My First Quilt – Festival of Quilts 2017
As I type this I have no feeling in the tip of my left middle finger. I have decided to dub it ‘quilter’s finger’. It is the result of furiously stitching to finish my first quilt. As you may have already read (here), after years of visiting the Festival of Quilts at the Birmingham NEC with my aunts and pledging to have our projects finished for next year, this year I have finally gotten it together to enter. That does not, however, mean that my quilt is finished … yet.
I started ‘my first’ quilt over five years ago (if I am being honest, it may be more like six or seven…). It has been a long-term project, for sure. I have a vague recollection of catching a programme on TV about make do and mend, or possibly one of those Kirtsy Allsopp upcycling shows, and thinking, ‘yeah, I have a ton of scrap fabric, I could do that!’
This was also partly informed by my love of home textiles (I would seriously hibernate every year for a week or two at a time if it was socially acceptable). But they are always so expensive. So making my own quilt would serve as a way for me to have a unique piece, exactly as I wanted, for a fraction of the price.
Now I am sure anyone who sews will probably be snorting at the screen right now, ‘but fabric can be expensive, and there’s all of the other stuff you need.’ Well, here is where I am quite lucky – one, because I am a bit of an creative hoarder, and therefore will never throw out fabric or other materials in case they come in handy one day. And two, because I have two very talented aunts who both are avid stitchers. They have always been on hand to let me beg, steal, and borrow from their own vast sewing collections!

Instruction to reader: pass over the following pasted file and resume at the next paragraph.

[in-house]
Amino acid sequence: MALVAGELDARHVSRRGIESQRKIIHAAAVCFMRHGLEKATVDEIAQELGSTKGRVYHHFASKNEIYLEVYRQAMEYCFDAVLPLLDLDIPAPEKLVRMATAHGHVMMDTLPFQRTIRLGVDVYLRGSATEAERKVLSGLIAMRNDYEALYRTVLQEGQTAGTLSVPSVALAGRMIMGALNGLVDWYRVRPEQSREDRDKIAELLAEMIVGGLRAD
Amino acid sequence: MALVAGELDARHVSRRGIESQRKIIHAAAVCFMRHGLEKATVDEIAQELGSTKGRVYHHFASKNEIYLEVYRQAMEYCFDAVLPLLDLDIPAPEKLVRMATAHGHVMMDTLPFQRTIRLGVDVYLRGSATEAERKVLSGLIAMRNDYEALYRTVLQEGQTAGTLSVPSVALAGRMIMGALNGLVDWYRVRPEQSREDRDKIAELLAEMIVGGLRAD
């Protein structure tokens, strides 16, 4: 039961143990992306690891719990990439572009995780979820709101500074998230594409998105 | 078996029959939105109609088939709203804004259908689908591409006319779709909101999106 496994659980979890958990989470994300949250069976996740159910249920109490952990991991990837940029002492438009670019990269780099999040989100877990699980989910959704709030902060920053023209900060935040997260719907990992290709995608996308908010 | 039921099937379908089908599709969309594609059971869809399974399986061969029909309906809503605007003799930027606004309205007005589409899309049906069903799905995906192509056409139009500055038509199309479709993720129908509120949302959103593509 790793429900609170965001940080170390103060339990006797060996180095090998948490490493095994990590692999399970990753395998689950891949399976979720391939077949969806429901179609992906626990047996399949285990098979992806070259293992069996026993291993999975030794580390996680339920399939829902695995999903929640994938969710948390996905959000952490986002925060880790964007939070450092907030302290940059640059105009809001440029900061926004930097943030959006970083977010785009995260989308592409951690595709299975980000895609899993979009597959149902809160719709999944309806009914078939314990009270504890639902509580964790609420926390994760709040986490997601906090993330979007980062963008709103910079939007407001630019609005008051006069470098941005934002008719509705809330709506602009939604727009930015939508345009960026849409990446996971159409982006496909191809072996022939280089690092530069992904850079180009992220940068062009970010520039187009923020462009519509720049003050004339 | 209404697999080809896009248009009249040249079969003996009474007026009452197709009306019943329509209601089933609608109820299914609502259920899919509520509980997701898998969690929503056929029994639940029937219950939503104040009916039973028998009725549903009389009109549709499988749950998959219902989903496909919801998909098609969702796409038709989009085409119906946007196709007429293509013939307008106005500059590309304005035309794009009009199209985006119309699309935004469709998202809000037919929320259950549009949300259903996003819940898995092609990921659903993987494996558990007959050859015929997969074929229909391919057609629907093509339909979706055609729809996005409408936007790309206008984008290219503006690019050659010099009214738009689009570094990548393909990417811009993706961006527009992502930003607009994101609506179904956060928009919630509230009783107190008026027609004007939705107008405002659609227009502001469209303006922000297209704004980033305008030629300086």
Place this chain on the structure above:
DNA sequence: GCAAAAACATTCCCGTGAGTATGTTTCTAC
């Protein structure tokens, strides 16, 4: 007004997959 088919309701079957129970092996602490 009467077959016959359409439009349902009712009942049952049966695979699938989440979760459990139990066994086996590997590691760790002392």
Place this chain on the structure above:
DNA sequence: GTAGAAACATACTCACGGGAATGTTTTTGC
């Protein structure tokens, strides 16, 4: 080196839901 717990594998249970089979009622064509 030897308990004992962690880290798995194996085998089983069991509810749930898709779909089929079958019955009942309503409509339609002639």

So in reality I could get started pretty quickly. The main fabrics in my quilt turned out to be two large off-cuts that had always been in my dressing up box as a kid. I have fond memories of draping myself in the swathes of cloth, layering on costume jewellery and pretending to be whatever ostentatious character took my fancy. Fortunately, these two large pieces of fabric were in complementary blues and white. Seeing as I am a big fan of blue, that was my colour palette set.
But what design to do? And what method? At this time I did not have my own sewing machine, so maybe hand-stitching was the way to go. But this, I knew, would be a mammoth task. ‘Start with something small’, or something to that effect, was the advice of my aunts. The thing is, I always feel that if I am going to do something, I might as well go for it and make the thing that I want, otherwise I will probably lose interest. Remember how I said I like to hibernate (at least pretend to anyway)? Well that means that I like my blankets big. That is, big enough to wrap myself in, twice. Have you ever heard wrapping yourself in a duvet described as a burrito? Well, it pretty much explains itself, and that is my goal for a good quilt. It has to be a decent enough size to make me into a successful blanket burrito!
So it was a go big, or go home type of deal. And, if I am honest, this could have easily turned into a project that got started but never finished (a bit like the cross stitch I promised my friend as a housewarming present, twelve months ago – sorry Sarah! Or the wooden coasters I spent ages getting my dad to help me slice with the power saw now languishing in the loft. Or the half finished bag from years back… you get the picture!).